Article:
Little Zombies

We Are Little Zombies (Wî â Ritoru Zonbîzu) (2019)

Its title may suggest a kiddy monster movie, but writer/director Makoto Nagahisa’s feature debut We Are Little Zombies (Wî â Ritoru Zonbîzu) offers a rather different kind of child-oriented horror, where the ADHD ebullience and wild desultoriness of youthful energy serve, at least in part, to disguise a much deeper existential, explicitly Kafka-esque dread. 

We get a flavour of this right in the opening scene. An industrial chimney is seen belching smoke as, to the strains of Un bel di vedremo from Puccini’s opera Madame Butterfly, we hear a young boy say with disarming detachment: “Today Mommy turned to dust. So did Daddy”, and then compare that dust to the paremesan sprinkled on spaghetti. The speaker is Hikari Takami (Keita Ninomiya), whose parents recently left him alone at home while they went on a package tour to ‘Strawberry Fields’ to discuss divorce, and were killed en route in a coach accident. While attending their cremation, Hikari encounters three other bereaved thirteen-somethings, Shinpachi Ishi (Satoshi Mizuno), Yuki Takemura (Mondo Okumura) and Ikuko Ibu (Sena Nakajima). These four have their age and their sudden orphanhood in common, but what really bonds them is their shared lack of any sense of grief. They first get to know each other outside the crematorium in a rapid-fire exchange that is cut up with Noho Inamoto’s equally rapid editing, making this a breezy, funny meet-cute – but it takes place expressly (and visibly) beneath the dissipating ash of their respective parents, and their seeming indifference to what has happened introduces its own kind of jarring tension to the scene. 

“Funerals need more humour,” comments Yuki, setting and, to an extent, justifying the bittersweet mood here, while also highlighting the tonal dissonance at play. Unable to cry or mourn, and bewildered precisely by this inability, the four children style themselves ‘the little zombies’, trapped in the drifting, shuffling state of their own emotionless anomie. “That legendary foursome,” Hikari states in voiceover, are “just ordinary kids. Free, yet fragile. The kind of kids you see everywhere.” Indeed there is something about their intermediate status, on the cusp of adulthood, that marks their adventures as typical adolescent rites of passage. Less typical, though, are the deaths of the young teens’ respective parents, grounding all these exploratory flights of fancy in a grimmer reality. These kids are not just on the usual coming-of-age quest for identity through formative experience, but also seeking, as Hikari states, “to find out how to feel” – a sensation that they have lost in all the empty numbness of their often harrowing alienation.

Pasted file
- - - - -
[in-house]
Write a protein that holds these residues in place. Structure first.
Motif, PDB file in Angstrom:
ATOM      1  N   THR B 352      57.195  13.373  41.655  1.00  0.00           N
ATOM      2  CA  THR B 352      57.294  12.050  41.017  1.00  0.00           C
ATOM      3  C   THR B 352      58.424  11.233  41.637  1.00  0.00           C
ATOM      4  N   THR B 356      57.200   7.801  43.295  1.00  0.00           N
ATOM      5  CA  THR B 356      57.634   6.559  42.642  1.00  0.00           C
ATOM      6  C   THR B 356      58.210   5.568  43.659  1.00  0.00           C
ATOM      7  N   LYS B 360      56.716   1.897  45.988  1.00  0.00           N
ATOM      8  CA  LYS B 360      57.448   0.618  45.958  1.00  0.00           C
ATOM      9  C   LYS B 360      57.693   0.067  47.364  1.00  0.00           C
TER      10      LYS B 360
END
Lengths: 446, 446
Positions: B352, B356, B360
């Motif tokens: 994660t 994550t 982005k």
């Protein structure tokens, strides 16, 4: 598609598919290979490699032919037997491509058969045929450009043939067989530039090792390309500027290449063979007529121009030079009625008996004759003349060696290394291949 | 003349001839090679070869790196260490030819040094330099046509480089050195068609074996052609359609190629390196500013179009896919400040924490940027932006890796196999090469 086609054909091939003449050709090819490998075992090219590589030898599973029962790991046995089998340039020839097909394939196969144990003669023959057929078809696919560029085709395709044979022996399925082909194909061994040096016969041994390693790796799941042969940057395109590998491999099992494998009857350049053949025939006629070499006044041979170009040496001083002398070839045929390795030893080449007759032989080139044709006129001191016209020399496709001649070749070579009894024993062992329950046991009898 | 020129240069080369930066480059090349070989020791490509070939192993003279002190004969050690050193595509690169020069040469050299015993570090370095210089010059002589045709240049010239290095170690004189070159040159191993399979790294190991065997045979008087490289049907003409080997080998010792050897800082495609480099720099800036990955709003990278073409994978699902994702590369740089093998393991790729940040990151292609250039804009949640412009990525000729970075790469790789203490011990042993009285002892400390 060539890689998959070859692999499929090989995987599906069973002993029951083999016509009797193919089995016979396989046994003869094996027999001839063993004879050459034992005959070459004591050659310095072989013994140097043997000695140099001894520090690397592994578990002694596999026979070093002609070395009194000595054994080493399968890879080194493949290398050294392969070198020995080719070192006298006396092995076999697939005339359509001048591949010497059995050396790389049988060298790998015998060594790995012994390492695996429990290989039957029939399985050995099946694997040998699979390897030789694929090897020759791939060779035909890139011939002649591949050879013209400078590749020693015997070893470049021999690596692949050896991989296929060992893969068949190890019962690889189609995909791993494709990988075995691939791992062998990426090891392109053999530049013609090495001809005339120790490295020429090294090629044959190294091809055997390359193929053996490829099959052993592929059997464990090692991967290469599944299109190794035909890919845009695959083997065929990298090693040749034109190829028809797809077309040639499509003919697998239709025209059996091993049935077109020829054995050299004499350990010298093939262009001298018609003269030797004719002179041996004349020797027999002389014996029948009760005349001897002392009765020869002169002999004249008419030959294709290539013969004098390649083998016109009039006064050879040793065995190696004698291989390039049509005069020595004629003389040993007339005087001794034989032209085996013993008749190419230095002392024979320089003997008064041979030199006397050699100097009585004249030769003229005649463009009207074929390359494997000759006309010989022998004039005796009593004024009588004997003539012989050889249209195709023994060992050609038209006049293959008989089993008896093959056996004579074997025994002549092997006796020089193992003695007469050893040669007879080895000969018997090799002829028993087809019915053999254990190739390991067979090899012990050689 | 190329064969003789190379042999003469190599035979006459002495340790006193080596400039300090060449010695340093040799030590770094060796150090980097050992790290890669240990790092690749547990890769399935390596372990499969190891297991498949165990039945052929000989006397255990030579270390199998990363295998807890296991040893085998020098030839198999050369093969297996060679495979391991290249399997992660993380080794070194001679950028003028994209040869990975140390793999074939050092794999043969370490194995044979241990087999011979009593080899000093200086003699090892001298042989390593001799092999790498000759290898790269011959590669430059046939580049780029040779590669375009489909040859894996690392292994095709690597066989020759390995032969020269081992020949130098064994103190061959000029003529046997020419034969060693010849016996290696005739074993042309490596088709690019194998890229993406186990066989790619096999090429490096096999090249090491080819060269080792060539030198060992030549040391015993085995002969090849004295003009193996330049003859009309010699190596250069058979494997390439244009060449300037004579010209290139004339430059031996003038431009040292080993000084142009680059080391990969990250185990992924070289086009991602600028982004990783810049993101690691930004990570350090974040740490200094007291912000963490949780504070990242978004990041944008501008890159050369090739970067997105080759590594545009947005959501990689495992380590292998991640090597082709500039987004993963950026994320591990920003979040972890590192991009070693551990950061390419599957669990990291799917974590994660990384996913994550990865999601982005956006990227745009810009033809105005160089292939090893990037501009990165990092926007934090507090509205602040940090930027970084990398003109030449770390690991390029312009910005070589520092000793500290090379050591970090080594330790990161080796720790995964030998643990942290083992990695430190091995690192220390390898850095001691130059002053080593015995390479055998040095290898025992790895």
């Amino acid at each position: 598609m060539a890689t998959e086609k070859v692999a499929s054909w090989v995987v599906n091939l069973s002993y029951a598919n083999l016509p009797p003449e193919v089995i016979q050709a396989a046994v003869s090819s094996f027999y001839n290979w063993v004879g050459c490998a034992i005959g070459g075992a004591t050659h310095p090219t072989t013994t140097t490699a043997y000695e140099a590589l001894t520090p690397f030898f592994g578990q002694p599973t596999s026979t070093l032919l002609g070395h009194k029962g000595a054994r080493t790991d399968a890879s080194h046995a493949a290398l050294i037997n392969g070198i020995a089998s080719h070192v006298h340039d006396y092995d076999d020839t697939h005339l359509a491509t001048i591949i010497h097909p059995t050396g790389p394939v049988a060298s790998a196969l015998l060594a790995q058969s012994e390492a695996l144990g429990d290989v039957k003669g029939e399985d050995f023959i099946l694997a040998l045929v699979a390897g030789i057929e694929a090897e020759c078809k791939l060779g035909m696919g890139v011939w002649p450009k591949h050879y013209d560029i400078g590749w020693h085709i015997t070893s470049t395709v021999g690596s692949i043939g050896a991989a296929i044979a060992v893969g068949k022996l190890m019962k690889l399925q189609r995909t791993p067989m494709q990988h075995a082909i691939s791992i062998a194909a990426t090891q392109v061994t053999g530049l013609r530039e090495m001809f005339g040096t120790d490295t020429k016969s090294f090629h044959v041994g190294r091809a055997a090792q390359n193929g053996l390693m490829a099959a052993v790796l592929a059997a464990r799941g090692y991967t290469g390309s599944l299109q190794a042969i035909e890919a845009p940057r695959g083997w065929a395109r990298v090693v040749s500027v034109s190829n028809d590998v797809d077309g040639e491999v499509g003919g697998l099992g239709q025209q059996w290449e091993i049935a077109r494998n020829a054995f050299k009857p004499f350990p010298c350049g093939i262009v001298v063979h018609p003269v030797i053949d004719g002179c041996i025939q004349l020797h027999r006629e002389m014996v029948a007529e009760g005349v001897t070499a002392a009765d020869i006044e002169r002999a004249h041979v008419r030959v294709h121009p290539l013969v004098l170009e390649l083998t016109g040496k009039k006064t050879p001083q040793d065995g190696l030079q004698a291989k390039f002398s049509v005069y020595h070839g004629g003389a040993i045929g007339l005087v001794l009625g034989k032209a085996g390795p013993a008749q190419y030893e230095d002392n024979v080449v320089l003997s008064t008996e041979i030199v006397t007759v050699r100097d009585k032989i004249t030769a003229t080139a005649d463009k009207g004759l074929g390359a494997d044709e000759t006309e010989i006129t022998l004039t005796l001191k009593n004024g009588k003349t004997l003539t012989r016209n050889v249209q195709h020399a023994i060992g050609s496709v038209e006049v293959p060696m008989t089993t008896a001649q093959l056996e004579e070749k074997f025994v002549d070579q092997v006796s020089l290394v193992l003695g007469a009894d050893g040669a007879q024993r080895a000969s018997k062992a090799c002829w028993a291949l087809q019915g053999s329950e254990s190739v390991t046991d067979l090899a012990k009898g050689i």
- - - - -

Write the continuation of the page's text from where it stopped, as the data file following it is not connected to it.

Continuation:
Although we get the very different backstories of all four orphans (Yuki’s and Ikuko’s are particularly disturbing), Hikari is the protagonist and centre, his own tale forming the film’s beginning and end, and his obsession with video games pervading the film’s audiovisual language. For the narrative is presented as a series of formally numbered and titled ‘stages’, as though in an old-style platform game, all to the accompaniment of squelchy 8-bit sound effects (the nearest recent analogue to this mediated style is Miguel Llansó’s similarly VG-structured Jesus Shows You The Way To The Highway, 2019). Hikari has disappeared into the imaginative world of his games because he is, essentially, unloved. Ignored at home, bullied at school, invisible to everyone else, he regards himself as a ‘single player’ – and the other three ‘zombies’ are the closest to a caring unit he has ever experienced, despite, or perhaps because, they each come with their own dysfunctional baggage.